1. No-Name Slob
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    MRSA Staph Infection

    Discussion in 'Research' started by No-Name Slob, Jun 7, 2015.

    Has anyone ever experienced this type of infection? Of course, I could easily look on Web MD, and have many times, but I'd love to hear a first-hand account. Specifically:

    How long did it take before symptoms were full-blown?
    Do you think this is something you could have ignored, if you were very persistent in continuing daily activities?
    What symptoms are the hardest to deal with during the infection?

    If you don't want to discuss openly, feel free to PM!

    Thanks!
     
  2. GingerCoffee
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    There are two kinds of MRSA, hospital acquired and community acquired (also called hospital associated and community associated). Incubation period is short, only a couple of days.

    Community acquired is a pandemic of a particular strain, the USA 300, which has an enzyme that makes it more pathogenic. It's typical to get a skin infection, with multiple sites, often confused with spider bites.

    IV drug abusers often get MRSA abscesses at their injection sites.

    Still rare but threatening to become more common is a MRSA-Influenza co-infection. It has a high fatality rate and even though the organism responds to antibiotics, it causes a flesh eating type spread in the lung.

    Some people are colonized with MRSA in their throats. Colonized means it isn't causing disease.

    Community acquired MRSA is still susceptible to oral antibiotics, you just need the right ones.

    There is also something called MSSA- methicillin susceptible staph aureus.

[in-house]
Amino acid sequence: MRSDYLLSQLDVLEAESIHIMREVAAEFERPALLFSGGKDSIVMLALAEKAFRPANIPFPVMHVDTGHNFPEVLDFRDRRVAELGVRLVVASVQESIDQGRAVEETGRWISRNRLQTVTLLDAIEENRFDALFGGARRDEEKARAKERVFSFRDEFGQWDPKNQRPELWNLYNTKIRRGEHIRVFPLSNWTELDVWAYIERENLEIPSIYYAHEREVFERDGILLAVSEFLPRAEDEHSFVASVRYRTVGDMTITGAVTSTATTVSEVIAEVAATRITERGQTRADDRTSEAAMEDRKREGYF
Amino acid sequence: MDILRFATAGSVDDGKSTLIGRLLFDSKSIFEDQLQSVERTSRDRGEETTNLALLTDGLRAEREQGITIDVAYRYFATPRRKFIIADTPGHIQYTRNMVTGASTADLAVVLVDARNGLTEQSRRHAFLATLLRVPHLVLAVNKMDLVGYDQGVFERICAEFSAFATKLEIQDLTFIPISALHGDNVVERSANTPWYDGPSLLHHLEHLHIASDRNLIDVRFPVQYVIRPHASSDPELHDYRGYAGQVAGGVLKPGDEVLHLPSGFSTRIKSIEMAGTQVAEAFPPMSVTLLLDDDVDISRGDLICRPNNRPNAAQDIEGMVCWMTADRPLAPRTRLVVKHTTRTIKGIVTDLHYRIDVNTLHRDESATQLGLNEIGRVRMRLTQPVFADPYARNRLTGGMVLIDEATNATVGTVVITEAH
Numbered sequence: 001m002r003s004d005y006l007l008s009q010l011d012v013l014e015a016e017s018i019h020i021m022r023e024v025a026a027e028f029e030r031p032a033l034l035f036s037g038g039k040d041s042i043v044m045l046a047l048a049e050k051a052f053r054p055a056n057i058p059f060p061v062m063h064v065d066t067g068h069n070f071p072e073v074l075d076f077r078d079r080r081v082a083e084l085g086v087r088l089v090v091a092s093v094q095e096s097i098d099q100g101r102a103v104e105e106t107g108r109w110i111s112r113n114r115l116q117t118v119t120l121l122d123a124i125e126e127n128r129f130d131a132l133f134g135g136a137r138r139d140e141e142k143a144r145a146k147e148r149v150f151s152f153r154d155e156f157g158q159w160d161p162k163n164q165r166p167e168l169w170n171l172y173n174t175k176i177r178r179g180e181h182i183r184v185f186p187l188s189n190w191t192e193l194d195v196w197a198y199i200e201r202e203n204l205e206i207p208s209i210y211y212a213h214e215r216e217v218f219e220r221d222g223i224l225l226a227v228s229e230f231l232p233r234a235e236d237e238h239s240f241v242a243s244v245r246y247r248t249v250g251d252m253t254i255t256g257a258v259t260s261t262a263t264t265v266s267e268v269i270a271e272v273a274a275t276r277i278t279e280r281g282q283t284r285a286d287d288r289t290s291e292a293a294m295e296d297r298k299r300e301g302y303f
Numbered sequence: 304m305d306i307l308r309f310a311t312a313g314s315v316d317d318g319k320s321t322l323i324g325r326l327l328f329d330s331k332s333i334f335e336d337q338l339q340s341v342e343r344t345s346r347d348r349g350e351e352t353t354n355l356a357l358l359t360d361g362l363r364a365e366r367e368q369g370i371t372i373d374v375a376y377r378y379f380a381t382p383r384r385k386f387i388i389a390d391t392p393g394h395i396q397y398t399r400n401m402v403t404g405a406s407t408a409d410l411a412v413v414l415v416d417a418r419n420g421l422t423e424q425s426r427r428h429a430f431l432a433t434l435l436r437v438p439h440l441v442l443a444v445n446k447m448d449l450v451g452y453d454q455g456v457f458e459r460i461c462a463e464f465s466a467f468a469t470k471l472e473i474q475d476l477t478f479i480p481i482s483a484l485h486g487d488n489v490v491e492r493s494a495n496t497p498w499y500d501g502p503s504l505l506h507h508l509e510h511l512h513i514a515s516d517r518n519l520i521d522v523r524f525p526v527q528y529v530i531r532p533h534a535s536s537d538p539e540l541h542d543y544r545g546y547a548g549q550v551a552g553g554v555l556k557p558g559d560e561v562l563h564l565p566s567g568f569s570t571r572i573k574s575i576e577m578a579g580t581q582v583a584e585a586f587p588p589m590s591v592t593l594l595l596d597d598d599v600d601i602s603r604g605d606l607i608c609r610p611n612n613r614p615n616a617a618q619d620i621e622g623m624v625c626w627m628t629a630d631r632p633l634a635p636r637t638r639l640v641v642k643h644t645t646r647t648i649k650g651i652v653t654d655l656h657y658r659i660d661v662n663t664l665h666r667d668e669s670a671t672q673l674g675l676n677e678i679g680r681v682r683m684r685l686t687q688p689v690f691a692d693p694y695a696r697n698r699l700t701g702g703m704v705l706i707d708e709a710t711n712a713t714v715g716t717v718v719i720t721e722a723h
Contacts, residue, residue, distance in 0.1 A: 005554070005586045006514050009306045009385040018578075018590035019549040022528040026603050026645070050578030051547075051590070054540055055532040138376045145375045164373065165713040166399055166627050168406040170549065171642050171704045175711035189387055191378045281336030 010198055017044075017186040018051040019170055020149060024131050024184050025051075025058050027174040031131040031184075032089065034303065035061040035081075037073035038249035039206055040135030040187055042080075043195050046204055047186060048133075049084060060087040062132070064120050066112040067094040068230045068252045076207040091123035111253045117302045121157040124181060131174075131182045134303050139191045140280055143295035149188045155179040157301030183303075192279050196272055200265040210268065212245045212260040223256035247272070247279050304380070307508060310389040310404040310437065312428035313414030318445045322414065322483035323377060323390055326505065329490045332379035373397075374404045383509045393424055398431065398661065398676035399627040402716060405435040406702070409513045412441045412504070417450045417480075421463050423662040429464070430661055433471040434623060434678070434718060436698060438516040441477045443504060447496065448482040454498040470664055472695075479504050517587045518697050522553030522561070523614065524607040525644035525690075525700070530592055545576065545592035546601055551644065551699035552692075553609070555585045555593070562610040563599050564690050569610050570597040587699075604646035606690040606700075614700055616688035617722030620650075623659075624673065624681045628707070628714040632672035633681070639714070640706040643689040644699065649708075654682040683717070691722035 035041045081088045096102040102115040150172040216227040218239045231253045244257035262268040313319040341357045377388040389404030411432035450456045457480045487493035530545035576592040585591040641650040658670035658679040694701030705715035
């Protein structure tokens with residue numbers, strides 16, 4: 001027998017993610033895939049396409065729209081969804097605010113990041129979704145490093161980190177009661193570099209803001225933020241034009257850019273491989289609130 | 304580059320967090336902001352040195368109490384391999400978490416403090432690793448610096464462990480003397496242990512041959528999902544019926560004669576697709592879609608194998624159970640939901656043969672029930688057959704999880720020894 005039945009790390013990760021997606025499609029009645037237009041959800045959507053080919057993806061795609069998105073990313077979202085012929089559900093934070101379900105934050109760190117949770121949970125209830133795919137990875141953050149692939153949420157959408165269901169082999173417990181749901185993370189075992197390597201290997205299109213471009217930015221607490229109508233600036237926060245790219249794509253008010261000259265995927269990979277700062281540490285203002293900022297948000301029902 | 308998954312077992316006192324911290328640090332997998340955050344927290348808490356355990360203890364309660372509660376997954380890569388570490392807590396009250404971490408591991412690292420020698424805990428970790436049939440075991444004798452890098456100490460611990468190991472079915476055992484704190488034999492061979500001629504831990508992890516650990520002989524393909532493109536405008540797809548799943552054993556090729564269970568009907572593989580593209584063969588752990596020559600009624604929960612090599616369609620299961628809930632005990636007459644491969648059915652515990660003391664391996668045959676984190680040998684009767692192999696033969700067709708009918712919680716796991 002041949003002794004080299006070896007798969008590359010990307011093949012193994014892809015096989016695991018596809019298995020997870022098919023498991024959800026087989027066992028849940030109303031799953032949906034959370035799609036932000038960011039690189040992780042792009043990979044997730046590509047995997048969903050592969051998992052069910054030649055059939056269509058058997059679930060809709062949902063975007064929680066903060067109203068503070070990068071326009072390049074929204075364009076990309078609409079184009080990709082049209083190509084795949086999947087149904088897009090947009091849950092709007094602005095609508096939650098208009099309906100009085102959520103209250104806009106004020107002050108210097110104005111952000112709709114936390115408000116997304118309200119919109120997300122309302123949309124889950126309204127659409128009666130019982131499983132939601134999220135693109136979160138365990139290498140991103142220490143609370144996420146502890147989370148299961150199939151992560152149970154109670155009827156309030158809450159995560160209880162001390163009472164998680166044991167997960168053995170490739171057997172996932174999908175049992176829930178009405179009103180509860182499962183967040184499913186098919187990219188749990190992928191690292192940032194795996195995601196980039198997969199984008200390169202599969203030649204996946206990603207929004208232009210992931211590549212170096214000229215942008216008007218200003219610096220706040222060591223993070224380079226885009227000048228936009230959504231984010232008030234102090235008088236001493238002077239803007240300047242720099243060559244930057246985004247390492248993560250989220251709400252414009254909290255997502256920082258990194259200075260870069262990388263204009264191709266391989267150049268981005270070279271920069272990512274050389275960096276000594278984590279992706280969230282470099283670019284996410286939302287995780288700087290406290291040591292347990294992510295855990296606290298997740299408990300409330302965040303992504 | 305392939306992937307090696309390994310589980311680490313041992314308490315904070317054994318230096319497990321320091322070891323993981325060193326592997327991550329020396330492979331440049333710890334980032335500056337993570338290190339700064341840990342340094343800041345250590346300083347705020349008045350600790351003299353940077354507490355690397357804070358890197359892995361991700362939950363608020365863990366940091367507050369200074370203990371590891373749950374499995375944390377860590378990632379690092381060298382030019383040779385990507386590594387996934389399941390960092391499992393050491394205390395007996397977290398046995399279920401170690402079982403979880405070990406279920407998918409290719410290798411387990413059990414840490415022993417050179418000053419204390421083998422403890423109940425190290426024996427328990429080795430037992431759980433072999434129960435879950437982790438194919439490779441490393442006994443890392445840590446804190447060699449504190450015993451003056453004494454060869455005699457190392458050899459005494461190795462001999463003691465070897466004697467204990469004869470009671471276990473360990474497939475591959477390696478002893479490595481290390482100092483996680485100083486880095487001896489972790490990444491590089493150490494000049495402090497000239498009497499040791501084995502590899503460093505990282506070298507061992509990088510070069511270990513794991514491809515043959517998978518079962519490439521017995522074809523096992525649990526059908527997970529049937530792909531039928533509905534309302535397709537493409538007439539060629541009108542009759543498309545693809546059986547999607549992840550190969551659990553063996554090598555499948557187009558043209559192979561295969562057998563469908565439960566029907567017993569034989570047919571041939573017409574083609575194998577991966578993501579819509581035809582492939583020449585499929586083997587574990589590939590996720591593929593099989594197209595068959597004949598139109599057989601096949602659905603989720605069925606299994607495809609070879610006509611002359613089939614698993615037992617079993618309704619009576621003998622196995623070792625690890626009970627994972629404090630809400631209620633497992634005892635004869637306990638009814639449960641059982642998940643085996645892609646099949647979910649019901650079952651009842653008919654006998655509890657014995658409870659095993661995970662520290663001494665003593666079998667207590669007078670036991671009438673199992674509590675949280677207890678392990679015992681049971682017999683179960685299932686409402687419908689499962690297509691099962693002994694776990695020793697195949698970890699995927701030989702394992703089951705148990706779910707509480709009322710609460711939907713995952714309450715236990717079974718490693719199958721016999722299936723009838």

Then there is hospital acquired MRSA. That is a staph infection which can find it's way to infect a surgical wound or into a lung causing pneumonia. The high fatality rate is because the infected person generally has other serious health problems and the MRSA adds to the disease burden. HA MRSA is resistant to everything except IV vancomycin, and sometimes even that isn't enough.


    There are some much worse pathogens spreading now and MRSA almost seems like no big deal compared to other antibiotic resistant organisms we're facing.
     
  3. GingerCoffee
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    Let's see, your questions:

    How long did it take before symptoms were full-blown? Short incubation, but it can get worse at a variable rate.

    Do you think this is something you could have ignored, if you were very persistent in continuing daily activities? A lot of people ignore a lot of skin infections. Most people wouldn't ignore a skin infection that was getting worse and worse.

    What symptoms are the hardest to deal with during the infection? Ugly open weeping wounds on your skin are hard to ignore. You couldn't ignore MRSA pneumonia even if it wasn't the flu co-infection.
     
  4. No-Name Slob
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    Hmm, yes. I'm talking about communally acquired MRSA in an elderly man. Trying to figure out how quickly it could become severe if left untreated, and how he'd justify leaving it alone.

    He's exceptionally worried about everyone else, and pulled by them in every direction. He spreads himself thin at great costs, and has had multiple heart attacks because he refuses to rest and eat well, in order to treat his chronic high blood pressure and high cholesterol.

    Essentially, I'm trying to kill this guy quickly in the story by way of an infection that starts out minor, and turns severe as a result of his inability to take time for himself and get to the doctor.

    The problem is that MRSA can look pretty gross. Not something people would usually ignore, unless the other symptoms started first, before the decaying of flesh. I see him brushing it off as a cold until his rash turns nasty, and by the time he makes it to the hospital, it's too late to treat because his heart conditions pose contraindications to the heavy antibiotics.

    Too far fetched? I don't want the readers to be like, "Psh. That would never happen."
     
  5. GingerCoffee